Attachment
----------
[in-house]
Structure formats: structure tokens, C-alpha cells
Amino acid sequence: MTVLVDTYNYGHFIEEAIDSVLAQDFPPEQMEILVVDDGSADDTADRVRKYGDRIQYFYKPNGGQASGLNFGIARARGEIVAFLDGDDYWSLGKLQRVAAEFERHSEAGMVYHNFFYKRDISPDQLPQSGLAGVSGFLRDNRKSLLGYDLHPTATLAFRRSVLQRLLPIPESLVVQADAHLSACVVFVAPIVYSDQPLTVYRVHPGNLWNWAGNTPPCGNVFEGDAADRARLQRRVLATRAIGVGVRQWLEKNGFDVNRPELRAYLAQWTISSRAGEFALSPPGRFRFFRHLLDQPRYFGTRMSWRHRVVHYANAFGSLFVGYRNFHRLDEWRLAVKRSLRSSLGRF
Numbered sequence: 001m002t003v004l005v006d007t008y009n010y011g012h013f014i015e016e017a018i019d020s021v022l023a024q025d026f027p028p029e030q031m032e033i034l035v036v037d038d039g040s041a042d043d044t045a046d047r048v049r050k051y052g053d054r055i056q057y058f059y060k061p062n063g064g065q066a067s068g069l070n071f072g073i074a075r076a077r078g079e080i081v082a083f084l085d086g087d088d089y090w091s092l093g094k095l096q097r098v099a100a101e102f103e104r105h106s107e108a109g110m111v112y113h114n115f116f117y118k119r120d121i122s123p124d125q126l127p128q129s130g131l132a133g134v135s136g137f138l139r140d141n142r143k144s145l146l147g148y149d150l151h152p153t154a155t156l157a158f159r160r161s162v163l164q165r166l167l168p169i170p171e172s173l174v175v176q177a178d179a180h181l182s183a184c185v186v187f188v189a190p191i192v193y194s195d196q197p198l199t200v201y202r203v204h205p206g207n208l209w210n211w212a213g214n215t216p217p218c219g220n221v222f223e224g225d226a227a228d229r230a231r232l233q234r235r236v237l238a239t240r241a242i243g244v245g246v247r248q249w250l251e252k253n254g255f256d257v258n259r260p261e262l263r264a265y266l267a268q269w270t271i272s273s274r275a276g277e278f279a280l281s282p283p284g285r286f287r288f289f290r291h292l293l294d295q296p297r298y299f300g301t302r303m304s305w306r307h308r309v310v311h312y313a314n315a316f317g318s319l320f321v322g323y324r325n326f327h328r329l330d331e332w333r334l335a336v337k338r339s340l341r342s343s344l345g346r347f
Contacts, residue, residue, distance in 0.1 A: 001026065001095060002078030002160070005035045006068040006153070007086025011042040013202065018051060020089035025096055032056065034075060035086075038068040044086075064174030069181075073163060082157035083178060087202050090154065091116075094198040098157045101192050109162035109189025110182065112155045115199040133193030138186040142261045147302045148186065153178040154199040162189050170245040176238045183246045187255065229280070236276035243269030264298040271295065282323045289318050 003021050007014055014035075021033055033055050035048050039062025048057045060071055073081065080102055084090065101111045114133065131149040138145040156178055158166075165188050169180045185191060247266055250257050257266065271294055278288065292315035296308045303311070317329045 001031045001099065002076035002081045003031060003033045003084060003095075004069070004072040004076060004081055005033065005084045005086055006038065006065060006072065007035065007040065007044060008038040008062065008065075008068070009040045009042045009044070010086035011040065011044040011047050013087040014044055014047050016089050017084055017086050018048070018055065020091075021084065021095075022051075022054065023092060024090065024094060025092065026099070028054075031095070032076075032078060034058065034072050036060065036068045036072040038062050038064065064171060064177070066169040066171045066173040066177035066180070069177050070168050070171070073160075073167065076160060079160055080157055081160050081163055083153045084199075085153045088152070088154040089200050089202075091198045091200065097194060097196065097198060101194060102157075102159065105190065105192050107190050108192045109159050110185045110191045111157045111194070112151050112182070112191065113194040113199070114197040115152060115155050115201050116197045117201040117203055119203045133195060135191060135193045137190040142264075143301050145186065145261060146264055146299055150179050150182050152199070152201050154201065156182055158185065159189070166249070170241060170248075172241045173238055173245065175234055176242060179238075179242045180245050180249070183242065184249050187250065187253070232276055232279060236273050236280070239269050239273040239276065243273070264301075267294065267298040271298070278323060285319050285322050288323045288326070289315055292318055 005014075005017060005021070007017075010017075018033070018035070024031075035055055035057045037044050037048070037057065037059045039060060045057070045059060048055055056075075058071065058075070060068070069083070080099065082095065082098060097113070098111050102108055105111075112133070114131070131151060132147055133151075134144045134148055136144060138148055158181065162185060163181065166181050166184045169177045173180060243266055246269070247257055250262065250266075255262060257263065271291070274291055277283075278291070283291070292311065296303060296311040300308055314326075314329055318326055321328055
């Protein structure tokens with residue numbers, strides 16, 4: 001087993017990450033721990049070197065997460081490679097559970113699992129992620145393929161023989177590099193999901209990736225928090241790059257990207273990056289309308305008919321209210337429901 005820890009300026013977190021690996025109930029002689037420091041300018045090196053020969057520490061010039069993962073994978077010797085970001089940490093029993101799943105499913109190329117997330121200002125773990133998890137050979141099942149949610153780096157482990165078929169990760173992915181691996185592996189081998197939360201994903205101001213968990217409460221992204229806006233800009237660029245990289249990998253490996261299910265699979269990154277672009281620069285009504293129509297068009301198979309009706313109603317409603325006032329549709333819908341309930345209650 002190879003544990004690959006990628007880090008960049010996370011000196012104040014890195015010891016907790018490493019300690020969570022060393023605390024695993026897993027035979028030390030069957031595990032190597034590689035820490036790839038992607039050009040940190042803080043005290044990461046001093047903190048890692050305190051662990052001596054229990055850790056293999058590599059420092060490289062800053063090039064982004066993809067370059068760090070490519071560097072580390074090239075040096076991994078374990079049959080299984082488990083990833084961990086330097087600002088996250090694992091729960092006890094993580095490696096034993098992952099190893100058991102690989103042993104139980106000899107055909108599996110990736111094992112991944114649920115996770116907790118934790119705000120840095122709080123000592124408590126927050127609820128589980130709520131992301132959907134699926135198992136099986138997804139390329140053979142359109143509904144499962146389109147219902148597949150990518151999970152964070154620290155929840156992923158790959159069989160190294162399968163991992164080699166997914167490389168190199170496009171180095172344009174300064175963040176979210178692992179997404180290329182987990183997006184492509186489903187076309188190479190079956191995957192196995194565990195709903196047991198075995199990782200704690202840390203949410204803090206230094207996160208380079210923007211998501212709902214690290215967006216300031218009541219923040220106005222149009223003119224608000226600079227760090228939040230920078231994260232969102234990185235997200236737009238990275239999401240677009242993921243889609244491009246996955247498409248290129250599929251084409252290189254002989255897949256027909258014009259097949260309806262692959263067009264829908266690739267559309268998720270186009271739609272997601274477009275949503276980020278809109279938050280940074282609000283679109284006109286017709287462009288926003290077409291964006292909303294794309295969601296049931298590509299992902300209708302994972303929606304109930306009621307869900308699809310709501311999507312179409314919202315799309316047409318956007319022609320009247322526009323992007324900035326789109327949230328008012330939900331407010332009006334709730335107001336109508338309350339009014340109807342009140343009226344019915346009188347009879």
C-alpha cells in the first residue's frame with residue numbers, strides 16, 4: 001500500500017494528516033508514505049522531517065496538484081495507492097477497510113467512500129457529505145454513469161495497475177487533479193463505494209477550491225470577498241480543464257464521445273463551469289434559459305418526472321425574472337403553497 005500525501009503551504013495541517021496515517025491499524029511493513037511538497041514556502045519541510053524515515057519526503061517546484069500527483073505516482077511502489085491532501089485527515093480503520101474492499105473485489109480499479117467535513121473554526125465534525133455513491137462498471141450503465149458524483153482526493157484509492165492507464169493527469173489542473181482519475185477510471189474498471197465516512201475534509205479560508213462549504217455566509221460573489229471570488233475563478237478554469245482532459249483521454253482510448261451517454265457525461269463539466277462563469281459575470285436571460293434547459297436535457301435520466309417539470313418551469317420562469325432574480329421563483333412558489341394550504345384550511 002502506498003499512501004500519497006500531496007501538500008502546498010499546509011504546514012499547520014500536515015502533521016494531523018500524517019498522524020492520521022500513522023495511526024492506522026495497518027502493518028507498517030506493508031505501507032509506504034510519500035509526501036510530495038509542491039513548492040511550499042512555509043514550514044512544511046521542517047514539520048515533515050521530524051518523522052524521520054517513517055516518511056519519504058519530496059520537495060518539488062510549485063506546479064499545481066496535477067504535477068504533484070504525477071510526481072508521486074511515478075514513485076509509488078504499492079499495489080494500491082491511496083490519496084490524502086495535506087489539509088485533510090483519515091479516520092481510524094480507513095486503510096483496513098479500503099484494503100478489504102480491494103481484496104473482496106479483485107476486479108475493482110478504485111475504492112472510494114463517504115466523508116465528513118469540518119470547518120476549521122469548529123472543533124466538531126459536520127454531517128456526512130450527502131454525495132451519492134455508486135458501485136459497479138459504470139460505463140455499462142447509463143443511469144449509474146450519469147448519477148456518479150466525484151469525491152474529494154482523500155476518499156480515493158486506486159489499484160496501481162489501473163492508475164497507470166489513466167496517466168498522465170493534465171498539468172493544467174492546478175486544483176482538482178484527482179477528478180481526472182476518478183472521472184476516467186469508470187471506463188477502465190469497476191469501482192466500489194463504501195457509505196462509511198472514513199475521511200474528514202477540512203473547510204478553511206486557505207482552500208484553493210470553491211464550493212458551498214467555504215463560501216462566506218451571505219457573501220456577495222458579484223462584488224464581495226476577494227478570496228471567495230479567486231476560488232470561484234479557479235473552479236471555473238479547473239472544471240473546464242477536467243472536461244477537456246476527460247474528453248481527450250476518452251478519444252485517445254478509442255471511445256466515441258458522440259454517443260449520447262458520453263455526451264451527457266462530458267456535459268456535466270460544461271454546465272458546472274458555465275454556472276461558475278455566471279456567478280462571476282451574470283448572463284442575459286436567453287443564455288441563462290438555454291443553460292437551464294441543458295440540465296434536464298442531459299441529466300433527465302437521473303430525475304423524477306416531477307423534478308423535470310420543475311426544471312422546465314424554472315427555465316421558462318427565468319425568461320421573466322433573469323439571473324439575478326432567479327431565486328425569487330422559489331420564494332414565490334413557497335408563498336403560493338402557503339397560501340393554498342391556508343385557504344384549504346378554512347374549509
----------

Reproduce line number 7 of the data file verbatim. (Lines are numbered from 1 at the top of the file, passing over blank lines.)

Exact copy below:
C-alpha cells in the first residue's frame with residue numbers, strides 16, 4: 001500500500017494528516033508514505049522531517065496538484081495507492097477497510113467512500129457529505145454513469161495497475177487533479193463505494209477550491225470577498241480543464257464521445273463551469289434559459305418526472321425574472337403553497 005500525501009503551504013495541517021496515517025491499524029511493513037511538497041514556502045519541510053524515515057519526503061517546484069500527483073505516482077511502489085491532501089485527515093480503520101474492499105473485489109480499479117467535513121473554526125465534525133455513491137462498471141450503465149458524483153482526493157484509492165492507464169493527469173489542473181482519475185477510471189474498471197465516512201475534509205479560508213462549504217455566509221460573489229471570488233475563478237478554469245482532459249483521454253482510448261451517454265457525461269463539466277462563469281459575470285436571460293434547459297436535457301435520466309417539470313418551469317420562469325432574480329421563483333412558489341394550504345384550511 002502506498003499512501004500519497006500531496007501538500008502546498010499546509011504546514012499547520014500536515015502533521016494531523018500524517019498522524020492520521022500513522023495511526024492506522026495497518027502493518028507498517030506493508031505501507032509506504034510519500035509526501036510530495038509542491039513548492040511550499042512555509043514550514044512544511046521542517047514539520048515533515050521530524051518523522052524521520054517513517055516518511056519519504058519530496059520537495060518539488062510549485063506546479064499545481066496535477067504535477068504533484070504525477071510526481072508521486074511515478075514513485076509509488078504499492079499495489080494500491082491511496083490519496084490524502086495535506087489539509088485533510090483519515091479516520092481510524094480507513095486503510096483496513098479500503099484494503100478489504102480491494103481484496104473482496106479483485107476486479108475493482110478504485111475504492112472510494114463517504115466523508116465528513118469540518119470547518120476549521122469548529123472543533124466538531126459536520127454531517128456526512130450527502131454525495132451519492134455508486135458501485136459497479138459504470139460505463140455499462142447509463143443511469144449509474146450519469147448519477148456518479150466525484151469525491152474529494154482523500155476518499156480515493158486506486159489499484160496501481162489501473163492508475164497507470166489513466167496517466168498522465170493534465171498539468172493544467174492546478175486544483176482538482178484527482179477528478180481526472182476518478183472521472184476516467186469508470187471506463188477502465190469497476191469501482192466500489194463504501195457509505196462509511198472514513199475521511200474528514202477540512203473547510204478553511206486557505207482552500208484553493210470553491211464550493212458551498214467555504215463560501216462566506218451571505219457573501220456577495222458579484223462584488224464581495226476577494227478570496228471567495230479567486231476560488232470561484234479557479235473552479236471555473238479547473239472544471240473546464242477536467243472536461244477537456246476527460247474528453248481527450250476518452251478519444252485517445254478509442255471511445256466515441258458522440259454517443260449520447262458520453263455526451264451527457266462530458267456535459268456535466270460544461271454546465272458546472274458555465275454556472276461558475278455566471279456567478280462571476282451574470283448572463284442575459286436567453287443564455288441563462290438555454291443553460292437551464294441543458295440540465296434536464298442531459299441529466300433527465302437521473303430525475304423524477306416531477307423534478308423535470310420543475311426544471312422546465314424554472315427555465316421558462318427565468319425568461320421573466322433573469323439571473324439575478326432567479327431565486328425569487330422559489331420564494332414565490334413557497335408563498336403560493338402557503339397560501340393554498342391556508343385557504344384549504346378554512347374549509